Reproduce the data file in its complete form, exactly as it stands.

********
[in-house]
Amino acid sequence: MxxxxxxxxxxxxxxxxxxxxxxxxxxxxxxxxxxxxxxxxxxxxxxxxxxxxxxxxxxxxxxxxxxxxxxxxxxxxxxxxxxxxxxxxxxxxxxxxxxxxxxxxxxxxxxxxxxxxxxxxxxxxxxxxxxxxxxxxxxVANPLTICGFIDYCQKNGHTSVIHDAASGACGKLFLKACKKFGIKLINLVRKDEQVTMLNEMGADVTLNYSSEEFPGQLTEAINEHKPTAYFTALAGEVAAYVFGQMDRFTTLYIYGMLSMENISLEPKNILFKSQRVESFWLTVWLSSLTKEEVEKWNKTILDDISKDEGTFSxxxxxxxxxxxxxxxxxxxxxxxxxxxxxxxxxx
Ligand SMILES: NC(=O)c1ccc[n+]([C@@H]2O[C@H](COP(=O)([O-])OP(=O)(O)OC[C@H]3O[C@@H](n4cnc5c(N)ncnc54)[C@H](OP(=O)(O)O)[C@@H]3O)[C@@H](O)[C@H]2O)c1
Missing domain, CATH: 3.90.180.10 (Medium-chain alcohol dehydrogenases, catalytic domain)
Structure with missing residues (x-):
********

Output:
[in-house]
Amino acid sequence: MxxxxxxxxxxxxxxxxxxxxxxxxxxxxxxxxxxxxxxxxxxxxxxxxxxxxxxxxxxxxxxxxxxxxxxxxxxxxxxxxxxxxxxxxxxxxxxxxxxxxxxxxxxxxxxxxxxxxxxxxxxxxxxxxxxxxxxxxxxVANPLTICGFIDYCQKNGHTSVIHDAASGACGKLFLKACKKFGIKLINLVRKDEQVTMLNEMGADVTLNYSSEEFPGQLTEAINEHKPTAYFTALAGEVAAYVFGQMDRFTTLYIYGMLSMENISLEPKNILFKSQRVESFWLTVWLSSLTKEEVEKWNKTILDDISKDEGTFSxxxxxxxxxxxxxxxxxxxxxxxxxxxxxxxxxx
Ligand SMILES: NC(=O)c1ccc[n+]([C@@H]2O[C@H](COP(=O)([O-])OP(=O)(O)OC[C@H]3O[C@@H](n4cnc5c(N)ncnc54)[C@H](OP(=O)(O)O)[C@@H]3O)[C@@H](O)[C@H]2O)c1
Missing domain, CATH: 3.90.180.10 (Medium-chain alcohol dehydrogenases, catalytic domain)
Structure with missing residues (x-):